Professor Ma Huiqin has assumed a formal position with the bureau in Ningxia, China’s most promising region, after years of providing unofficial help. Ma’s title is assistant to the director of the Ningxia Bureau of Grape Industry Development. The director is Li Xueming.
Ma has assisted the Ningxia trade in areas as diverse as vineyard management, wine tourism, event organization and wine marketing, and helped coordinate both the region’s entry into the International Organization of Vine and Wine (OIV) in 2012 and its subsequent participation in OIV events in China and abroad. Ningxia, which has a population of 6.6 million, has seen its wine industry grow both in terms of quality and quantity during the past decade and now has 40,000 hectares of vineyards.
Ma will split her time between Yinchuan, the capital of Ningxia, and Beijing, where she will continue to carry a full teaching load at China Agricultural University (CAU). Her specialties are molecular biology and wine marketing. (As a result, she has contributed to markedly divergent research papers, from “Chinese Choices: A Survey of Wine Consumers in Beijing”, which is easy for the average person to grasp, to “Proteomic Changes in Grape Embryogenic Callus in Response to Agrobacterium Tumefaciens Mediated Transformation”, which gave me a migraine by the third paragraph.) Ma has also taught wine appreciation to more than 5,000 students over the past fifteen years.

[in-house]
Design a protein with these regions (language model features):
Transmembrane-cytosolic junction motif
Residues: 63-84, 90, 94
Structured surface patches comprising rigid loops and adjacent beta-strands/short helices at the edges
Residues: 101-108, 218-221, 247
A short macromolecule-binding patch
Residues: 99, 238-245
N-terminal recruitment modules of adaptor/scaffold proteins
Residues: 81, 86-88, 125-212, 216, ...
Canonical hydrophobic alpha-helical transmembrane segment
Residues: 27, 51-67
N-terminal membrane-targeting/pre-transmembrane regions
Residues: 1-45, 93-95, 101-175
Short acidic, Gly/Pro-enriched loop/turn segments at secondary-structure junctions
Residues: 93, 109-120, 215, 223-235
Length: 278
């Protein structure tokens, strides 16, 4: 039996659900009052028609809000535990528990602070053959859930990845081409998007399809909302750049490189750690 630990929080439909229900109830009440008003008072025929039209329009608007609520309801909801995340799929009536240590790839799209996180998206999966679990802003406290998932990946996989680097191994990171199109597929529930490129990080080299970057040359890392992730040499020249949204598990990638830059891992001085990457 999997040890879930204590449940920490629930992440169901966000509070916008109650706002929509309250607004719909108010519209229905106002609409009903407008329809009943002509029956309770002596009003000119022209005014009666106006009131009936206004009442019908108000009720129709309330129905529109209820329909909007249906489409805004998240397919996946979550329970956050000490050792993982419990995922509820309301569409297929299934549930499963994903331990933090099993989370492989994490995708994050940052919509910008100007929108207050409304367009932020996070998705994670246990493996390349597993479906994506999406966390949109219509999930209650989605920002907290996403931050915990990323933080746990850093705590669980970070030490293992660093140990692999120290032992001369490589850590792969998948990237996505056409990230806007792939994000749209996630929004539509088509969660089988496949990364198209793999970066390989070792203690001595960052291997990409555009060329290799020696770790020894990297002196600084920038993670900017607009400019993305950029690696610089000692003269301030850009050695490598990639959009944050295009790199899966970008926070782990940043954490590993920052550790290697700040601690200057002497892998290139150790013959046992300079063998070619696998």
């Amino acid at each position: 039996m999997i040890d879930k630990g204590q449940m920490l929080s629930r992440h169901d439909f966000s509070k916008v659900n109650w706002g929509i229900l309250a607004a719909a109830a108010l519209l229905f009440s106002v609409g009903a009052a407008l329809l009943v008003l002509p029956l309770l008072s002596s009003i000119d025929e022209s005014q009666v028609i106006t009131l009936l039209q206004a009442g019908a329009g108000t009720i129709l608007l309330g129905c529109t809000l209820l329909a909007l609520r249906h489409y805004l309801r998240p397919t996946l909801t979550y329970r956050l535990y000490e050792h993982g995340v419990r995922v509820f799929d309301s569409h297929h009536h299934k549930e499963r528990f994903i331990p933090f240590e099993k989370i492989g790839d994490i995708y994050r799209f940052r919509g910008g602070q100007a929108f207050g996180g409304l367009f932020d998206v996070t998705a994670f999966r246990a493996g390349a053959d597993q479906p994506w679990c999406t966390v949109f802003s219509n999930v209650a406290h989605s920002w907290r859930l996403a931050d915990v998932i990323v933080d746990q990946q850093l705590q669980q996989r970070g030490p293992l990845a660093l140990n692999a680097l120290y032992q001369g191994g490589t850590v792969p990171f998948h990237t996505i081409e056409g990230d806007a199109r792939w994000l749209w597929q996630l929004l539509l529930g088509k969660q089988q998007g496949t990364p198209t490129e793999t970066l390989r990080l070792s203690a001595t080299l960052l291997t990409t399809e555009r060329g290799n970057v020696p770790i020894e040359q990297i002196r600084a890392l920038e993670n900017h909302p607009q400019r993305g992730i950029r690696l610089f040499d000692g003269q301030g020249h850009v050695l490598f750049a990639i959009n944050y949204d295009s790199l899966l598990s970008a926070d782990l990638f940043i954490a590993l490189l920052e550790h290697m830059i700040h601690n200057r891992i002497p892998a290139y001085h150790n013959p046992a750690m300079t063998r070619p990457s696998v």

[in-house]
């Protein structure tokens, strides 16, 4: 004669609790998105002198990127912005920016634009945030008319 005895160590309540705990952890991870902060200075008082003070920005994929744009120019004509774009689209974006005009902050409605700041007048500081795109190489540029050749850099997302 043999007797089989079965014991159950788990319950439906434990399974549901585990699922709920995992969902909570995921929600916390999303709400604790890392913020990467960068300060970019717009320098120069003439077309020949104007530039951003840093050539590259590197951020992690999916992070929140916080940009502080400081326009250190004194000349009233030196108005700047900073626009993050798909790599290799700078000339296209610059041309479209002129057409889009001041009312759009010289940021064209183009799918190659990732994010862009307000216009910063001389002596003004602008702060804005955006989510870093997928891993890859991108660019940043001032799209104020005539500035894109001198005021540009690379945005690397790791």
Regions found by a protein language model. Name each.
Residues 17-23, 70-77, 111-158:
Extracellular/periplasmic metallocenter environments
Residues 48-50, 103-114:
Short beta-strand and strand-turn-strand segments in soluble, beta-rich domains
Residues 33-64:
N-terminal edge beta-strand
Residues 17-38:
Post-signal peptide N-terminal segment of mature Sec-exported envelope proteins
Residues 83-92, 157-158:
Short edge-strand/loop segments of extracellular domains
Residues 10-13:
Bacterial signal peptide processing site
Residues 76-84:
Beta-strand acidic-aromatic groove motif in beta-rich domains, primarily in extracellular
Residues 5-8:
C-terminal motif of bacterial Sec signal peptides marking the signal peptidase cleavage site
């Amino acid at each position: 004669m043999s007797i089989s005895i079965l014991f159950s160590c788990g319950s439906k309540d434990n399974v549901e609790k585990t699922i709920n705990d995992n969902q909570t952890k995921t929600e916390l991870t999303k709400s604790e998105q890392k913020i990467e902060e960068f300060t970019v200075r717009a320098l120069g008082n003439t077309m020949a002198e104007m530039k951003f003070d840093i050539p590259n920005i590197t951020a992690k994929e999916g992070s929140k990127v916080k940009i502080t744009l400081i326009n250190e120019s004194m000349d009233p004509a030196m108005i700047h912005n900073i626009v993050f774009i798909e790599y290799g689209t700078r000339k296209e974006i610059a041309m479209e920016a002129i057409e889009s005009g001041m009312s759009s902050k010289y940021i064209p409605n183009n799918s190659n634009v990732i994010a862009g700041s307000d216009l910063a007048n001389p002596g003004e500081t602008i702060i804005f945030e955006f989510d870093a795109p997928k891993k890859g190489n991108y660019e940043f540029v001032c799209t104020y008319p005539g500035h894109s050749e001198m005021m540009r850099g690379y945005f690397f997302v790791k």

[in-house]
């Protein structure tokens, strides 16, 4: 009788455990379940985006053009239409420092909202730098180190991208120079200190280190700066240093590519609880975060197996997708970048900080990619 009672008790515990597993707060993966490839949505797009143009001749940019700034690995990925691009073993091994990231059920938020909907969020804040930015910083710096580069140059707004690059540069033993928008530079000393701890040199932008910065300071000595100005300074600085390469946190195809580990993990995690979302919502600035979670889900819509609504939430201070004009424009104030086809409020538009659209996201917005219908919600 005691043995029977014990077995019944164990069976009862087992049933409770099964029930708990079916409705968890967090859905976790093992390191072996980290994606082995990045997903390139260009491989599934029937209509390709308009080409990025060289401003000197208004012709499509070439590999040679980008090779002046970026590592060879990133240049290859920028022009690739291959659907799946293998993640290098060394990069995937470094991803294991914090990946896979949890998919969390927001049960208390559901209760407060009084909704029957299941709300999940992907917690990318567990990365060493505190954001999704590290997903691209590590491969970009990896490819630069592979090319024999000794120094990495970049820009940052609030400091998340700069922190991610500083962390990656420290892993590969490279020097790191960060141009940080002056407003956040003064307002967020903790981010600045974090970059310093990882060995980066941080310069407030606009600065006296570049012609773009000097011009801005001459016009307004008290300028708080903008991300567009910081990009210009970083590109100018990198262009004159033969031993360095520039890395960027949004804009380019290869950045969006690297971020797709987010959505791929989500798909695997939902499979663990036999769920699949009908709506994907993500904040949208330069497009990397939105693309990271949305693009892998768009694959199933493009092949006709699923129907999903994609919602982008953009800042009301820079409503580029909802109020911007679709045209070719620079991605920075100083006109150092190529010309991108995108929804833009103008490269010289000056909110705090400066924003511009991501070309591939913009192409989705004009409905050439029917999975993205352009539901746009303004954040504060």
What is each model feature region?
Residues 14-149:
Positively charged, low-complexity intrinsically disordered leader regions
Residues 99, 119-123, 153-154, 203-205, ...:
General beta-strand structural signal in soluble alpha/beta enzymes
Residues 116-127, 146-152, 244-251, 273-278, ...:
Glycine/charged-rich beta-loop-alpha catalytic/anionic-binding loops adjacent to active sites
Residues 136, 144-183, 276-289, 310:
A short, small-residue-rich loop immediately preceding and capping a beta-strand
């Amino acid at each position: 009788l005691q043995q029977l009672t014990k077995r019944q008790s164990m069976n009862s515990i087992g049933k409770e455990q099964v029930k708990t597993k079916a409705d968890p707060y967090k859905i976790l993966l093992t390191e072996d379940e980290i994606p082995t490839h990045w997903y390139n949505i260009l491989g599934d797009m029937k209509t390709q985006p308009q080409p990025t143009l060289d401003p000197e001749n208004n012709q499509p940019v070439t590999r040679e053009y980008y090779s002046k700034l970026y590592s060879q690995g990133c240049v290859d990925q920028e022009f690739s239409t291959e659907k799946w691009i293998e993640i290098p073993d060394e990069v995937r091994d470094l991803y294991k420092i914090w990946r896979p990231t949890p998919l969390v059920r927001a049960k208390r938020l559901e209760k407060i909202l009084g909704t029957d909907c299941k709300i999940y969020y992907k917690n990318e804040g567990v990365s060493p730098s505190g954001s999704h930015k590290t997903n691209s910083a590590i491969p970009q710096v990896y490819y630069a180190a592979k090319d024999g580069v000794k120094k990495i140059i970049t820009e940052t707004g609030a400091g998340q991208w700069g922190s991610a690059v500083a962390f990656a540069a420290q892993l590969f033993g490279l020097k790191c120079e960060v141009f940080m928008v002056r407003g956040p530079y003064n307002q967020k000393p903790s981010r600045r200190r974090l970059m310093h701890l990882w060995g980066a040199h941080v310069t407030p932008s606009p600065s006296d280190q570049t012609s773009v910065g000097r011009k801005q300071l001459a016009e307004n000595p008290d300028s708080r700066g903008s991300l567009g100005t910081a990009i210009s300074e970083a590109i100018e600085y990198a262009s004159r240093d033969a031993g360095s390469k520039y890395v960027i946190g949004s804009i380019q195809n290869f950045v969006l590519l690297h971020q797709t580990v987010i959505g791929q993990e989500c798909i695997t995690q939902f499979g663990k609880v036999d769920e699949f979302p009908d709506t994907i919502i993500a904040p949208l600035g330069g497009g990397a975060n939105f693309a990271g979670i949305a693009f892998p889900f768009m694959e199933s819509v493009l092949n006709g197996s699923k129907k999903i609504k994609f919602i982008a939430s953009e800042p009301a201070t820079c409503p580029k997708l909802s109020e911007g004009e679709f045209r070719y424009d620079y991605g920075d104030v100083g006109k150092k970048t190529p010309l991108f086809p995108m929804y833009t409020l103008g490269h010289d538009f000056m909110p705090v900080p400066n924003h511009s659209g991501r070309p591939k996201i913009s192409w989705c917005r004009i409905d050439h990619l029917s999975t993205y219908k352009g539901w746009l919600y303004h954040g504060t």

Ma received her PhD from China Agricultural University. She studied in Israel, South Africa and The United States and has worked on wine projects with experts in Australia, Portugal, Chile and elsewhere as well as in China’s wine regions.
She has also been a supporter of the Grape Wall of China blog since day one.
Note: Ma provided support for several Ningxia projects in which I was involved, including the Ningxia Winemakers Challenge that brought seven winemakers to China in 2012, and Ningxia wine tastings in Yinchuan, Beijing and Nanjing.
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